It’s our house: home course advantage to help Piranhas in NSW club championships

A REAL SHOUT: Piranhas, and members of the Barnyard, Julie Middleton, Kate Thornton, Judy Tarleton and Joann Braithwaite. Photo: MATT FINDLAY

A REAL SHOUT: Piranhas, and members of the Barnyard, Julie Middleton, Kate Thornton, Judy Tarleton and Joann Braithwaite. Photo: MATT FINDLAY

Saturday marks the first time the Triathlon NSW Club Championships have been hosted west of the Blue Mountains, considering his troops will boast a huge home course advantage Orange Cycle and Triathlon Club president Michael Lockyer labelled the Piranhas “a real shout” to take out a number of titles.

The Piranhas’ new home at Gosling Creek Reservoir will host the 2017 edition of the tournament and although the club has only been there for a few short months, Lockyer said their knowledge of the course will be invaluable.

“We do know the course better than most, particularly the cycle leg,” he said.

“Anyone who has done any substantial amount of cycling around this area knows that track very well, I think that will be a big advantage.

“But it’s not just that. It’s also the fact we don’t have to travel, normally we’re driving several hours for this event and the chance to be able to race here, sleep in our beds and that sort of thing, that will make a big difference.”

After finishing 13th last year the Piranhas have dropped down to division two for this weekend’s competition.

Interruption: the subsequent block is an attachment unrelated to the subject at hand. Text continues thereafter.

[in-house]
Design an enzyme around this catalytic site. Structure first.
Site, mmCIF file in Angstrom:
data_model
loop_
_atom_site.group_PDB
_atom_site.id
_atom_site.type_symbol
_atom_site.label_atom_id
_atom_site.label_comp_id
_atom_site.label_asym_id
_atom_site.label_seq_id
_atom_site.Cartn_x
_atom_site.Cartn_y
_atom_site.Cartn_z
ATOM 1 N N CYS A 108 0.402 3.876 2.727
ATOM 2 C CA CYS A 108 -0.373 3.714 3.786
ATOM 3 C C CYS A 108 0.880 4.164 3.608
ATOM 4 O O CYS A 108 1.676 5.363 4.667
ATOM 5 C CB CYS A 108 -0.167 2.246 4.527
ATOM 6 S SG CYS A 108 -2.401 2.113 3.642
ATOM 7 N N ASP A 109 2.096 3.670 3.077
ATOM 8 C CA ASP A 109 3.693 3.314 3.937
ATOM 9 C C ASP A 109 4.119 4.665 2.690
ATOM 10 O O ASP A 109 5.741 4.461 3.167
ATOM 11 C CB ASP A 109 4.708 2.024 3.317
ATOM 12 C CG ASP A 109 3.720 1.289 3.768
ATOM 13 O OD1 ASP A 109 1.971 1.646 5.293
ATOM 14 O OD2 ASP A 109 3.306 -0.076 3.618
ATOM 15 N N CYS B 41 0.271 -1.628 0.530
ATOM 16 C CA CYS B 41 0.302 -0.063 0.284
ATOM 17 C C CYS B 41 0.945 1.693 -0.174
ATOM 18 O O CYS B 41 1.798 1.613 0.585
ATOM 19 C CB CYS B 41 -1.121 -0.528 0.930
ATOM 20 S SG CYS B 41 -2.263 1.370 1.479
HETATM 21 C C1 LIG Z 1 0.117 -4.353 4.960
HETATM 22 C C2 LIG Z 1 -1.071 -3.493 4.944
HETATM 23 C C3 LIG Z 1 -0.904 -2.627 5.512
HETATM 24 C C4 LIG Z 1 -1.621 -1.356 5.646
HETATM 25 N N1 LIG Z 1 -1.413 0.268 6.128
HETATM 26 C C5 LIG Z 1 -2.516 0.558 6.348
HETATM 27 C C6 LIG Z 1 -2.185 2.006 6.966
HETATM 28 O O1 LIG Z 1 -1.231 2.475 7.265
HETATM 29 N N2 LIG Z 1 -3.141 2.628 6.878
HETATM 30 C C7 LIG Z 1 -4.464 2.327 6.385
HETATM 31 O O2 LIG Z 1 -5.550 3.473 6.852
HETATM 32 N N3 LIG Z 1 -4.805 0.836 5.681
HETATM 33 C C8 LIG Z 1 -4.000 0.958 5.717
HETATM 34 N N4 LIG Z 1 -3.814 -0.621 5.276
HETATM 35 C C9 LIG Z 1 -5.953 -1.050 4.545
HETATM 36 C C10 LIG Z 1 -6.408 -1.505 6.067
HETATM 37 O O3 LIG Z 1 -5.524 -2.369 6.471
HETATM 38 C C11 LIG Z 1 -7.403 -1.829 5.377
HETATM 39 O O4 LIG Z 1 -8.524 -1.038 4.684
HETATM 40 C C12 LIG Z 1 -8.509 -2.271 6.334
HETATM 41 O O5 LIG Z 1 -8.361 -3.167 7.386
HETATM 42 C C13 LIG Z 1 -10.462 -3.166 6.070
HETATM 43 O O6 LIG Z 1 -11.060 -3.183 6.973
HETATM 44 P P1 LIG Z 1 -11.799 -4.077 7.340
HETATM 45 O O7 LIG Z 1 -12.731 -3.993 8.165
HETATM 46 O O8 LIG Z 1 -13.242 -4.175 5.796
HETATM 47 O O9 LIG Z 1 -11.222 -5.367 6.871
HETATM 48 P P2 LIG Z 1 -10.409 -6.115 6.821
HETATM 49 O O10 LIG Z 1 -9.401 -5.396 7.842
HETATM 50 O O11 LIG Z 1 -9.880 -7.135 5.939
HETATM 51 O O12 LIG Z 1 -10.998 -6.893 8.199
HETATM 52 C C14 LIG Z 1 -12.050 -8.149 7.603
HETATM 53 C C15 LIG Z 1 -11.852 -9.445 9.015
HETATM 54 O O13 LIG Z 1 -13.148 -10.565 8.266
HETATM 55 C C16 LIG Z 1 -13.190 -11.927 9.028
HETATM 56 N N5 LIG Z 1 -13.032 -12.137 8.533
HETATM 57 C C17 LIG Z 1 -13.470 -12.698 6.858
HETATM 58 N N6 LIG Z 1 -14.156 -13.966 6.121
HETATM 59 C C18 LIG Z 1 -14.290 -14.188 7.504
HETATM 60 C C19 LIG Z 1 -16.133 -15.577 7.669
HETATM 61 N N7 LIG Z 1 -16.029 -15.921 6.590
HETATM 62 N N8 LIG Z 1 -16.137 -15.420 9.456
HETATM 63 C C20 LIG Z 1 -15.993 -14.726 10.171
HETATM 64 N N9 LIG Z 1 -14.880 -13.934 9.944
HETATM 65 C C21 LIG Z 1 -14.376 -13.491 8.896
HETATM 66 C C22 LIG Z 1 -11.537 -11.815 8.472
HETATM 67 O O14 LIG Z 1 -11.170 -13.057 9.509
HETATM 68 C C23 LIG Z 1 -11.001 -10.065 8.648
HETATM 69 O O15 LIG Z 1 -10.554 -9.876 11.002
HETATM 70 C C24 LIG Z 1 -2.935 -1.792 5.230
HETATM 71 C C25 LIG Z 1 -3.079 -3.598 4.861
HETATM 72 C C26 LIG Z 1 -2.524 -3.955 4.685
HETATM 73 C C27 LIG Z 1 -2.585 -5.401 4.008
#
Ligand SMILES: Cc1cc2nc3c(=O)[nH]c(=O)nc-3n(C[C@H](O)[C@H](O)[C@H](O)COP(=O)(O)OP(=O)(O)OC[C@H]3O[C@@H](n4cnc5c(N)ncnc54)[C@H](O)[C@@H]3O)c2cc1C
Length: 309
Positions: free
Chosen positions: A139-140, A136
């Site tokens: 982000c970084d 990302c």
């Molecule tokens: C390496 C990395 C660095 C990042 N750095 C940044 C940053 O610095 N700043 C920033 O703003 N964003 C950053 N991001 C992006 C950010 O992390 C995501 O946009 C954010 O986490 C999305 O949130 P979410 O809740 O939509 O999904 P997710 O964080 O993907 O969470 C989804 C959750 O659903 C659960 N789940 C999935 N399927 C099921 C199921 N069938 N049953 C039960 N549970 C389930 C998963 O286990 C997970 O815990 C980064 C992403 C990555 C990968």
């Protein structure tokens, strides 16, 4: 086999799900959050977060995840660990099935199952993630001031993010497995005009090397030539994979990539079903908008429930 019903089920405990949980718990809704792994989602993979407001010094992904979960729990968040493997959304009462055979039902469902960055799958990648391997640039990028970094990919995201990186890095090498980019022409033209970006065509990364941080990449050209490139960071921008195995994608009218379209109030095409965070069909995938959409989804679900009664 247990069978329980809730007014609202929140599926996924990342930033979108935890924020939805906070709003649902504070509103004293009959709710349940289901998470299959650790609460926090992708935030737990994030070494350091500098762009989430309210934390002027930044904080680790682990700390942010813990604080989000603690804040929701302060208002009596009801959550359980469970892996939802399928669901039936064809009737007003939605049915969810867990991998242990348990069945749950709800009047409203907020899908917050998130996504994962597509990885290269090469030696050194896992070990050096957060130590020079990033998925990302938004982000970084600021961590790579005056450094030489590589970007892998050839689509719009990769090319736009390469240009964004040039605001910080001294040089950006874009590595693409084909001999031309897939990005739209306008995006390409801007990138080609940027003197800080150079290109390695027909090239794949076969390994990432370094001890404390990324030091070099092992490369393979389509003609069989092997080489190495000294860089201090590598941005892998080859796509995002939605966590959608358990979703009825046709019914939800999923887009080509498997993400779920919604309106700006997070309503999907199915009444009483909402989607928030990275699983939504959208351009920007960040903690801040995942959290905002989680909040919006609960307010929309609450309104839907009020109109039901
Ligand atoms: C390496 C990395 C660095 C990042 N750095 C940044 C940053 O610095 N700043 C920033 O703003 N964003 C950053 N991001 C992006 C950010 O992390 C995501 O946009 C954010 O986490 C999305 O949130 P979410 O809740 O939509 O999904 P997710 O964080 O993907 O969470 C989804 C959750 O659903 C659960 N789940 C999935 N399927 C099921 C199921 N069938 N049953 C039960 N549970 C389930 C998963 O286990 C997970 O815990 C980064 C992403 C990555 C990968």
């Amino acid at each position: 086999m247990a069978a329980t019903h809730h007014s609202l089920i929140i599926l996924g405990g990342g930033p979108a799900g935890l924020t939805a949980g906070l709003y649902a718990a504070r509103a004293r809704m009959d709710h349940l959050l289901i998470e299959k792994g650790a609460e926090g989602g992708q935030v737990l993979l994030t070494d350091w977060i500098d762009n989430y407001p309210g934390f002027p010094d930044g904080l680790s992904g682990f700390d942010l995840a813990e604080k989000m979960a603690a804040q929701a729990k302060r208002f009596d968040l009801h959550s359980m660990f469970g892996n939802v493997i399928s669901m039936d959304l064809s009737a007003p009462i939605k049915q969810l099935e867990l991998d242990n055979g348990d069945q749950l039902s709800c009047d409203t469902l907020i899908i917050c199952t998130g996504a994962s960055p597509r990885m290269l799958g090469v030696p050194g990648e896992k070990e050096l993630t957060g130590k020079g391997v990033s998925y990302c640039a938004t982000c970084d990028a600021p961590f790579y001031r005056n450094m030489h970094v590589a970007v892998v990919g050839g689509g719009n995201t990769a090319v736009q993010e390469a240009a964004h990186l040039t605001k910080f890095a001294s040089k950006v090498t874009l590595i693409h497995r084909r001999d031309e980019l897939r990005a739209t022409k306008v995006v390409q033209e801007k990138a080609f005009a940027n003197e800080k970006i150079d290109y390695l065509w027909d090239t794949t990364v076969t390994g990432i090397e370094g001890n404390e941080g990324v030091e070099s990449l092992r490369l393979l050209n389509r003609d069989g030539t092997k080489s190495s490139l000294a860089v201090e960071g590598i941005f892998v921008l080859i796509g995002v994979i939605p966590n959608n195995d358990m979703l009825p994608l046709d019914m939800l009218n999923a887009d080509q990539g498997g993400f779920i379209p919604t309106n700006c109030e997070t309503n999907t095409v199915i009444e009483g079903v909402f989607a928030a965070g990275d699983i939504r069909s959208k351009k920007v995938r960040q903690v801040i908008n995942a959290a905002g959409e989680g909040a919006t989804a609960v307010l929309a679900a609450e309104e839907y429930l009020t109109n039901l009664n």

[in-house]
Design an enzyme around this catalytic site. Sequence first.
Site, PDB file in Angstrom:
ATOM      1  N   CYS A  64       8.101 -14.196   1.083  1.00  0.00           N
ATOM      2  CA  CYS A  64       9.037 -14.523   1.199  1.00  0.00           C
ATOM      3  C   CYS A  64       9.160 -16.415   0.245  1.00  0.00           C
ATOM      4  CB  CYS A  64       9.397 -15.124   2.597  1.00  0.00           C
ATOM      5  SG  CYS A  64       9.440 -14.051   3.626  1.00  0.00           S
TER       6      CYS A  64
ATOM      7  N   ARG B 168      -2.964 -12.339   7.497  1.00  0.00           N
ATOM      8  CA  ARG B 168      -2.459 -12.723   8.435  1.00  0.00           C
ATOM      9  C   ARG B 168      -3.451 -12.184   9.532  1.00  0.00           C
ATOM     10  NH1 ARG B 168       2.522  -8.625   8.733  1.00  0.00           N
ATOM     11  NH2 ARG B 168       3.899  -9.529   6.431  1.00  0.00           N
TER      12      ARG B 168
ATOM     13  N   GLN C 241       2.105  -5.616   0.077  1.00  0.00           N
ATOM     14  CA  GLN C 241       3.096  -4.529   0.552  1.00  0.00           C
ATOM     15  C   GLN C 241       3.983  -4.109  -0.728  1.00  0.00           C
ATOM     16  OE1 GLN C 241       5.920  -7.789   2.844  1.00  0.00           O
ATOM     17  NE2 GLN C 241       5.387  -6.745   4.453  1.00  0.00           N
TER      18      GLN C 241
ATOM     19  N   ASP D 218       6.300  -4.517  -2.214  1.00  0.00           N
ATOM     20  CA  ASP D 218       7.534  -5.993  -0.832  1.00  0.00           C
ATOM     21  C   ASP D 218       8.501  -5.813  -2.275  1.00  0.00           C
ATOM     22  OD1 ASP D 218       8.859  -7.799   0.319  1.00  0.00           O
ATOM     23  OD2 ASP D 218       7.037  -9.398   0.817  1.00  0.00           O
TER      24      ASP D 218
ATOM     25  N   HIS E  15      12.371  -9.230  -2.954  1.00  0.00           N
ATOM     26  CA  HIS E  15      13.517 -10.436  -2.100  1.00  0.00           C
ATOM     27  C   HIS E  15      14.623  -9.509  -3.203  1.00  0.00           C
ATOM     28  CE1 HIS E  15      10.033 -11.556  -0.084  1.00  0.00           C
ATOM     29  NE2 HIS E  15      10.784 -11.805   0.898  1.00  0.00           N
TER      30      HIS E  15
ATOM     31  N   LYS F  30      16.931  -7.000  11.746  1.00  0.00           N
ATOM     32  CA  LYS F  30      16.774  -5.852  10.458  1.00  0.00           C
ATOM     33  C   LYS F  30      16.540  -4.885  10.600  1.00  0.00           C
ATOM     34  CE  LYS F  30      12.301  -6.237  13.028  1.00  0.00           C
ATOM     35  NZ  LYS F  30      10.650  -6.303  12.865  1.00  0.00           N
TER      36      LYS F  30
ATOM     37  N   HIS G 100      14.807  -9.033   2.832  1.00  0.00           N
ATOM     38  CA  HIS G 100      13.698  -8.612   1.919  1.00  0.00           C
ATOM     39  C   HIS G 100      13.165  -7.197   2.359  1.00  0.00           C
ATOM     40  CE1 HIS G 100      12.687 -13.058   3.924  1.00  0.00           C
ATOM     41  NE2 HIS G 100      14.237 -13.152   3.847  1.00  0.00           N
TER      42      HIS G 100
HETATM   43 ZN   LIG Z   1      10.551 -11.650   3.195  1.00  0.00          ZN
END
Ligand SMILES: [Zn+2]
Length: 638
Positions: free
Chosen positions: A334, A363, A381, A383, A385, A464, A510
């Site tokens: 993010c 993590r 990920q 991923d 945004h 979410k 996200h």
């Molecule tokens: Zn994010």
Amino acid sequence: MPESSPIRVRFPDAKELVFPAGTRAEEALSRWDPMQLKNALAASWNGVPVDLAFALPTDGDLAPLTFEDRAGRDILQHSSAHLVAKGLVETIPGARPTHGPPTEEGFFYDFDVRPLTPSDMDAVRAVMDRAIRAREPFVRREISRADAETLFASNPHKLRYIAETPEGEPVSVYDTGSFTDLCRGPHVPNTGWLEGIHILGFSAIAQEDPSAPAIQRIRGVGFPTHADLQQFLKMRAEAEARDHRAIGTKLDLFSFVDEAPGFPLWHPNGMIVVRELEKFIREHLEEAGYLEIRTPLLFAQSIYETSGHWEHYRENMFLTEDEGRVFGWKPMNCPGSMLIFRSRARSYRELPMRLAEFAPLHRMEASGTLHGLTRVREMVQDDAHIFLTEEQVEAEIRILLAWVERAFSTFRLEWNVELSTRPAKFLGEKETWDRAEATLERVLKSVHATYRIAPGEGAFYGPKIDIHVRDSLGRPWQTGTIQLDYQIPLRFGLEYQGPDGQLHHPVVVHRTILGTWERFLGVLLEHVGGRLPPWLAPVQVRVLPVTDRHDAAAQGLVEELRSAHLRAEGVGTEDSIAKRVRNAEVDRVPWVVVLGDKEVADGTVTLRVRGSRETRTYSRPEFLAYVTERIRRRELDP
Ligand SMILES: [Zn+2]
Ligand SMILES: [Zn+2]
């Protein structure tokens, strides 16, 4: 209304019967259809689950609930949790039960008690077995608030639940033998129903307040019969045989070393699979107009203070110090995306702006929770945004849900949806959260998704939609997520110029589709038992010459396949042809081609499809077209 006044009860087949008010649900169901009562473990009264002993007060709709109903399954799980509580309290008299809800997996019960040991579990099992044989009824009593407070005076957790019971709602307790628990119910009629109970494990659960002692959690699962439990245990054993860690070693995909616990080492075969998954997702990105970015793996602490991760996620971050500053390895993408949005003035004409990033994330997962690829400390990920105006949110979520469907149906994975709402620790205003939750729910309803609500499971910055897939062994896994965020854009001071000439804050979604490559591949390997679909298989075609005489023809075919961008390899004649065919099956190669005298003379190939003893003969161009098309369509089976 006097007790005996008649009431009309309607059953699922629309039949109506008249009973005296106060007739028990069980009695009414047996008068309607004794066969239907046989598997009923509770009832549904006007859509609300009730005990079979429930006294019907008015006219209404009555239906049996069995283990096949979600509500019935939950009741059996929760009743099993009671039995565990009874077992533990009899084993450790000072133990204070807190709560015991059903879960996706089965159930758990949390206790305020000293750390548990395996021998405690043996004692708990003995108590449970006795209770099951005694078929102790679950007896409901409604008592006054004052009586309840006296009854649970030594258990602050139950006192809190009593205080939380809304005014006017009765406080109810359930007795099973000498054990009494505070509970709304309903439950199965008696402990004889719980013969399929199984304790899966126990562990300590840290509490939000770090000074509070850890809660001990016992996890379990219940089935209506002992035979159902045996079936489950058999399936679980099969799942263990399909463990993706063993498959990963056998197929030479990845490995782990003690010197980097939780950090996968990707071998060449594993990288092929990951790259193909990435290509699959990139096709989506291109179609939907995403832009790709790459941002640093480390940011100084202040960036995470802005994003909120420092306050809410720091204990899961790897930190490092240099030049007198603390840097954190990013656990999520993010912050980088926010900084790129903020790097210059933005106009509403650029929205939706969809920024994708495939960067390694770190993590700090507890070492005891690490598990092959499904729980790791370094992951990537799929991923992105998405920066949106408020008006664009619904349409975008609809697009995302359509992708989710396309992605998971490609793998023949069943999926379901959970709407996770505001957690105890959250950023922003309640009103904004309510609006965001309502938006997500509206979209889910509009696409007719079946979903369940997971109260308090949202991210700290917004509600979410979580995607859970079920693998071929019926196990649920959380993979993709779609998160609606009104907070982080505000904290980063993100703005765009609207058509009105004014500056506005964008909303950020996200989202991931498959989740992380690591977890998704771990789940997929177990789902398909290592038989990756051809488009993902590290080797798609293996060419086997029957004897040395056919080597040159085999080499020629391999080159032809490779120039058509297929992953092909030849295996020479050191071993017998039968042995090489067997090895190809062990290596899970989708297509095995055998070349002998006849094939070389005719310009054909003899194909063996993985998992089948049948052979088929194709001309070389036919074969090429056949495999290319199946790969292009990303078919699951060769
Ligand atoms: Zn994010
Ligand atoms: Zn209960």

“Clubs are graded into divisions based on competing members, clubs will more than 200 go in the top division and we’ve fallen just under that, so we’ll be in division two,” Lockyer said.

We want to prove we’re one of the best regional clubs in the state, if not the best. - OCTC president Michael Lockyer

“I think we’re a real shout there, as we are in the juniors, but we’ve got our eye on the Country Championship title.

“We want to prove we’re one of the best regional clubs in the state, if not the best.”

Lockyer said with a huge contingent set to race the Piranhas are in good shape to achieve that mantle, particularly with the championships’ unique, club-oriented scoring system.

“I actually love the scoring system in place, it rewards both performance and participation,” Lockyer said.

“The way it works, everyone who competes earns one point and volunteers also earn a point.

“Then, there is the performance-based aspect. Points are awarded to the athletes who finish first down to 25th, the winner gets 30 then second 29 down to six points for 25th

“But here’s the big point, only one competitor from each club can earn performance points. So if an Orange athlete wins and we also have the second and third-placed finishers, only the winner will get those points.

“But the second and third points are blocked by the other Orange competitors, so no one else can earn them.

“So a club may win every division, but not win any overall trophies. You need to be a bit more strategic, for instance we’re looking to have competitive athletes in every division because of that scoring system.

“We’ll have a pretty good representation across all the different age groups, although there is no individual awards in this competition.”

Registrations start from 7.30am on Saturday morning, with junior racing to start at 8.30am. Senior registrations start at 10am, with racing kicking off at 12.30pm.

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